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SUBSCRIPT: A 'shoveled already' project courtesy of the chief of incubation and innovation for America's third largest city. 'What trees to they plant?' asks Chicagoland mayor as Rahm's press team announces innovative and incubative use for the city's potholes

Chicago's technocratic and mediagenic Hollywood mayor, Rahm Emanuel, announced on April 25, 2014 an exclusive Chicago technological incubation. Rahm will be using the city's existing potholes to add to the city's greening. At a press release issued by the Mayor's Press Office on the day the Chicago Tribune exposed the fact that Rahm had dictated the content of Robert Redford's hagiographic CNN melodrama "Chicagoland," Rahm told the world that he would be planting 5,400 trees as part of the city's greeningly greener green programs.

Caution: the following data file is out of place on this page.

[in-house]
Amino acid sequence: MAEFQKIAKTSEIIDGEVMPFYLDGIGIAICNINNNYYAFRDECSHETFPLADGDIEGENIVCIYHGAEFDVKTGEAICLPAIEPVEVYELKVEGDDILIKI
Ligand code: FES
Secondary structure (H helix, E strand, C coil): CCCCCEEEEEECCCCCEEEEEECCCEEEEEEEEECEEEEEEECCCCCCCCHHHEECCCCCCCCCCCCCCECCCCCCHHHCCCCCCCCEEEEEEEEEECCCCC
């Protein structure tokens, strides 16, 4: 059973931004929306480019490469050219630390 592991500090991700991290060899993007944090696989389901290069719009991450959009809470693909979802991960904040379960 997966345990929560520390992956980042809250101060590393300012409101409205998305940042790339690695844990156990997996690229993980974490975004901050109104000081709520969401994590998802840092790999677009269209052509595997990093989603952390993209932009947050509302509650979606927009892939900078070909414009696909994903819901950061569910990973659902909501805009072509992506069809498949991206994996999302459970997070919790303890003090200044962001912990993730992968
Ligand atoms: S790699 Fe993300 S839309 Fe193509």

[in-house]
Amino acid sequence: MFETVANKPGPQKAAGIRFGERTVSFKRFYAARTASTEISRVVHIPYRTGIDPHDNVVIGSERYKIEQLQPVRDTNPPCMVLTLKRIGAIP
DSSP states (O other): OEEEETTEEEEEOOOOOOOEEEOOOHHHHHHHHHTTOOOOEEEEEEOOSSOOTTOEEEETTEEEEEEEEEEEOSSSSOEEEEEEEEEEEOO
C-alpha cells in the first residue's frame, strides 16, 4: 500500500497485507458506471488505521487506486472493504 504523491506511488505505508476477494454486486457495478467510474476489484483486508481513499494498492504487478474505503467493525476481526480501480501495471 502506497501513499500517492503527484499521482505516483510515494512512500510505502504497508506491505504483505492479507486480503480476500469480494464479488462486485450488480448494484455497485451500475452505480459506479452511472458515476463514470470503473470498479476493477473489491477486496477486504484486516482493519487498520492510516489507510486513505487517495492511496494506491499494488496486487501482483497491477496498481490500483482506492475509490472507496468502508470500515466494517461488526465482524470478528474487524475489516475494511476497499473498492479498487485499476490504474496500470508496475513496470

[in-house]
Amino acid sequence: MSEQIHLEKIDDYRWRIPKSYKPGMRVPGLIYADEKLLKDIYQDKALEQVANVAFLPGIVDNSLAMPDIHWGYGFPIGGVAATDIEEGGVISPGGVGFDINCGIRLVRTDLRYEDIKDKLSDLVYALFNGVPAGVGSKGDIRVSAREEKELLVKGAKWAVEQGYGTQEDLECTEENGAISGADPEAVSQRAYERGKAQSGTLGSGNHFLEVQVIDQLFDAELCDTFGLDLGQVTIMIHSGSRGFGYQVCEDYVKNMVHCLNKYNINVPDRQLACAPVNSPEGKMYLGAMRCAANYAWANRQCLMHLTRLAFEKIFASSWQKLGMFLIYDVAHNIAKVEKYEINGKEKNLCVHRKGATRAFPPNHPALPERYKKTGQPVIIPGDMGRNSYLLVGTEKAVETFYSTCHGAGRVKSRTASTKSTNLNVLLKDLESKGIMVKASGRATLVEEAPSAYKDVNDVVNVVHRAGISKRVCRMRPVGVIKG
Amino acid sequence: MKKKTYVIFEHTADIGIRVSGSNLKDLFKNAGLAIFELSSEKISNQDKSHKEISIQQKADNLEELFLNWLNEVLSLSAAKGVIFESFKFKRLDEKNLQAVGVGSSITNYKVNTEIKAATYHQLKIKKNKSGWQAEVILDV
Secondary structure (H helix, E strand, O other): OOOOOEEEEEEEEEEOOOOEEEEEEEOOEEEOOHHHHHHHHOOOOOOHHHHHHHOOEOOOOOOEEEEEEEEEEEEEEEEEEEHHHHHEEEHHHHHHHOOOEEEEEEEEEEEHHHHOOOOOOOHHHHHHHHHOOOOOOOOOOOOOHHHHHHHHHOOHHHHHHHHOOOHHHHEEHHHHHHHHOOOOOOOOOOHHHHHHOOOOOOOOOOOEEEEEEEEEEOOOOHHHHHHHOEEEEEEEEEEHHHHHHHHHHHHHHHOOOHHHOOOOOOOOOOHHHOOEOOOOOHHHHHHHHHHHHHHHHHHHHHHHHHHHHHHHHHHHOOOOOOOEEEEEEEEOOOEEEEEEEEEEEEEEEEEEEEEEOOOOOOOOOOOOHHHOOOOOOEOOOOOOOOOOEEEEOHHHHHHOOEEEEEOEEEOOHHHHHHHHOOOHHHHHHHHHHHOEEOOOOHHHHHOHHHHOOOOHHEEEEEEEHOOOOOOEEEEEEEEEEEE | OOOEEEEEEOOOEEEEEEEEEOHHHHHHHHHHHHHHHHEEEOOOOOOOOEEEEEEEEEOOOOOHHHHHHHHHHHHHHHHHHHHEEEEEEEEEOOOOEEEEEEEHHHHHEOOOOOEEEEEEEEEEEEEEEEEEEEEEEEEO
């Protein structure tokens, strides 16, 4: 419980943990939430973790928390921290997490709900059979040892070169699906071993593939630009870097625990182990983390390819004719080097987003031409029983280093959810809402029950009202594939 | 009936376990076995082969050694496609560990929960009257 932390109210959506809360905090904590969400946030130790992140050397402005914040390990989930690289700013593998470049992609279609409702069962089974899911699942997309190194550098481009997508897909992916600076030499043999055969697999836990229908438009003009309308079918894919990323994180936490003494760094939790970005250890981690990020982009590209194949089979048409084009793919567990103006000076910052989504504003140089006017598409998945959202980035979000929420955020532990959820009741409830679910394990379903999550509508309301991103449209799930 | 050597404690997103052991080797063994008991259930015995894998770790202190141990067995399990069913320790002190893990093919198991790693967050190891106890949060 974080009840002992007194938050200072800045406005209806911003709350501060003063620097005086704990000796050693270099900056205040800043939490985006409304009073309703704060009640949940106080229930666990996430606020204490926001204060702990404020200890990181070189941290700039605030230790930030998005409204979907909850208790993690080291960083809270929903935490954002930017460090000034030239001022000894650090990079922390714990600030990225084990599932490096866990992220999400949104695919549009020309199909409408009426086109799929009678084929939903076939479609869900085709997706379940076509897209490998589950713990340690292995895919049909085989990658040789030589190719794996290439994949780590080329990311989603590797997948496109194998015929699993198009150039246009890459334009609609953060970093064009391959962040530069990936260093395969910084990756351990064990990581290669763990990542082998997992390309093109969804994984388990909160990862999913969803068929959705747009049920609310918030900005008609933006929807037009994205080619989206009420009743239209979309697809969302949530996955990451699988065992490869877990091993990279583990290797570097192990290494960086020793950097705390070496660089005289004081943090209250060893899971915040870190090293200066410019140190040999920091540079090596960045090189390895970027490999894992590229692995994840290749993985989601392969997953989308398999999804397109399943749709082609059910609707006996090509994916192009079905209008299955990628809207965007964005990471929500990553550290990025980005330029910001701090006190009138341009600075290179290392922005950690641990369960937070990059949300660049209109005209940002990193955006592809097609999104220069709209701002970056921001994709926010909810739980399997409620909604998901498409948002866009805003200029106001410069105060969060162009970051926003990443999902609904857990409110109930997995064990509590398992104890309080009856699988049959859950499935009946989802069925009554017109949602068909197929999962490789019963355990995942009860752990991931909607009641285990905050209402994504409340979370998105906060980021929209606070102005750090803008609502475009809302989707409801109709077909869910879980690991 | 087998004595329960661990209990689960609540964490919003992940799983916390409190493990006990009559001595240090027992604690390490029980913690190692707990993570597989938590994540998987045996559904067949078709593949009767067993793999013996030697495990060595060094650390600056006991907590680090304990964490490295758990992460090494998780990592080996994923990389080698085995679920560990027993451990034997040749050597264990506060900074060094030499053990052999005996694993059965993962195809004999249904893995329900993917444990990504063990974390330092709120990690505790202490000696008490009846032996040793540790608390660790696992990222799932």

Rahm planting an Arbor Day tree in April 2014. Nearly 50 years after an iconic Chicago mayor, Richard J. Daley, was quoted responding to critics by demanding "What trees do they plant?" Rahm was one-upping another predecessor without directly insulting the Daley family by name. In response to critics during the 1960s who said that Chicago was segregated with major ghettoes, Daley not only denied that Chicago had ghettoes, but demanded of the media "What Trees Do They Plant?" As Daley's critics continues to complain about the growing problems of Chicago's inner city, Daley defiantly ignored them, while an army of supported formed a chorus supporting his claims.

But the Chicago of 1968 was ancient history when compared with the Chicago of 2014, and Rahm Emanuel, unlike Richard J. Daley, can count on a Hollywood crew to adulate his every move. The latest announcement fits into the mayor's clean, green and mean version of reality. That fictionalized image was lately featured in the Robert Redford CNN production "Chicagoland." With the help of Rahm's huge personal propaganda team (called "The Mayor's Press Office"), Hollywood scripted the Rahm story in order to prepare the USA for Rahm's nomination for the vice presidency. After all, Hillary would need a serious running mate with a clear record of austerity politics and neo-liberal success in Wall Street.